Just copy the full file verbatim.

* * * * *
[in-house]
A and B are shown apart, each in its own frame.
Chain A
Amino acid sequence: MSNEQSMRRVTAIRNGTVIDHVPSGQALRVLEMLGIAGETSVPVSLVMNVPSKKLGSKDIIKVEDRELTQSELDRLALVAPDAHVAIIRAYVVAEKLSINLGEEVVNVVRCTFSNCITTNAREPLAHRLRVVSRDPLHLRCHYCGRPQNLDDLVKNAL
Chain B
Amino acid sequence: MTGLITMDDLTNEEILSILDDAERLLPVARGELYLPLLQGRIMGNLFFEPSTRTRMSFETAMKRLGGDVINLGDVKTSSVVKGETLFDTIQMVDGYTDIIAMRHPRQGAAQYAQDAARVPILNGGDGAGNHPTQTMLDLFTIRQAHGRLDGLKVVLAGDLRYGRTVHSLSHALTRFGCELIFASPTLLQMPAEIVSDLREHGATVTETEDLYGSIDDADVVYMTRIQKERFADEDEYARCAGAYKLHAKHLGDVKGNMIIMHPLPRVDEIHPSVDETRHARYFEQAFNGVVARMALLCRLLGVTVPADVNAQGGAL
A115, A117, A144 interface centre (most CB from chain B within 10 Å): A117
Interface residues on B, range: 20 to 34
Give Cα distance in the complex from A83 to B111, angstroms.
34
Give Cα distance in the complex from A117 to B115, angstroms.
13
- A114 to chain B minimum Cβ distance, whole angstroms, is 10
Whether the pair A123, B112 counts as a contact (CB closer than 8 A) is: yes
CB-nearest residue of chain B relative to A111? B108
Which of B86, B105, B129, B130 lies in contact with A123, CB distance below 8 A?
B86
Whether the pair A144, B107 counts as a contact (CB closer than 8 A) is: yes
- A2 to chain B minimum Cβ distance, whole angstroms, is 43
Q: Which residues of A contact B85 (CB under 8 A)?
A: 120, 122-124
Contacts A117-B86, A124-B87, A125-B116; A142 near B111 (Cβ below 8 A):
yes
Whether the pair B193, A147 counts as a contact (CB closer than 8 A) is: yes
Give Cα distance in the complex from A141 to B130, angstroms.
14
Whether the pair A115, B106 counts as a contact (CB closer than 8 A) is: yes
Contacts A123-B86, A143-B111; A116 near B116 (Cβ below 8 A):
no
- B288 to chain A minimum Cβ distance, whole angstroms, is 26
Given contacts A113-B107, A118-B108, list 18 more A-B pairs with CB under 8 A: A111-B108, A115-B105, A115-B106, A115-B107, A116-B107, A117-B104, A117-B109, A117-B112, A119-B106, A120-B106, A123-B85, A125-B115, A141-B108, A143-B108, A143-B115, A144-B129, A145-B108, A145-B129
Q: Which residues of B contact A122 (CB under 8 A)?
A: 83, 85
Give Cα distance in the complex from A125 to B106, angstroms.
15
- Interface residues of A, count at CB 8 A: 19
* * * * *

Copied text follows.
[in-house]
A and B are shown apart, each in its own frame.
Chain A
Amino acid sequence: MSNEQSMRRVTAIRNGTVIDHVPSGQALRVLEMLGIAGETSVPVSLVMNVPSKKLGSKDIIKVEDRELTQSELDRLALVAPDAHVAIIRAYVVAEKLSINLGEEVVNVVRCTFSNCITTNAREPLAHRLRVVSRDPLHLRCHYCGRPQNLDDLVKNAL
Chain B
Amino acid sequence: MTGLITMDDLTNEEILSILDDAERLLPVARGELYLPLLQGRIMGNLFFEPSTRTRMSFETAMKRLGGDVINLGDVKTSSVVKGETLFDTIQMVDGYTDIIAMRHPRQGAAQYAQDAARVPILNGGDGAGNHPTQTMLDLFTIRQAHGRLDGLKVVLAGDLRYGRTVHSLSHALTRFGCELIFASPTLLQMPAEIVSDLREHGATVTETEDLYGSIDDADVVYMTRIQKERFADEDEYARCAGAYKLHAKHLGDVKGNMIIMHPLPRVDEIHPSVDETRHARYFEQAFNGVVARMALLCRLLGVTVPADVNAQGGAL
A115, A117, A144 interface centre (most CB from chain B within 10 Å): A117
Interface residues on B, range: 20 to 34
Give Cα distance in the complex from A83 to B111, angstroms.
34
Give Cα distance in the complex from A117 to B115, angstroms.
13
- A114 to chain B minimum Cβ distance, whole angstroms, is 10
Whether the pair A123, B112 counts as a contact (CB closer than 8 A) is: yes
CB-nearest residue of chain B relative to A111? B108
Which of B86, B105, B129, B130 lies in contact with A123, CB distance below 8 A?
B86
Whether the pair A144, B107 counts as a contact (CB closer than 8 A) is: yes
- A2 to chain B minimum Cβ distance, whole angstroms, is 43
Q: Which residues of A contact B85 (CB under 8 A)?
A: 120, 122-124
Contacts A117-B86, A124-B87, A125-B116; A142 near B111 (Cβ below 8 A):
yes
Whether the pair B193, A147 counts as a contact (CB closer than 8 A) is: yes
Give Cα distance in the complex from A141 to B130, angstroms.
14
Whether the pair A115, B106 counts as a contact (CB closer than 8 A) is: yes
Contacts A123-B86, A143-B111; A116 near B116 (Cβ below 8 A):
no
- B288 to chain A minimum Cβ distance, whole angstroms, is 26
Given contacts A113-B107, A118-B108, list 18 more A-B pairs with CB under 8 A: A111-B108, A115-B105, A115-B106, A115-B107, A116-B107, A117-B104, A117-B109, A117-B112, A119-B106, A120-B106, A123-B85, A125-B115, A141-B108, A143-B108, A143-B115, A144-B129, A145-B108, A145-B129
Q: Which residues of B contact A122 (CB under 8 A)?
A: 83, 85
Give Cα distance in the complex from A125 to B106, angstroms.
15
- Interface residues of A, count at CB 8 A: 19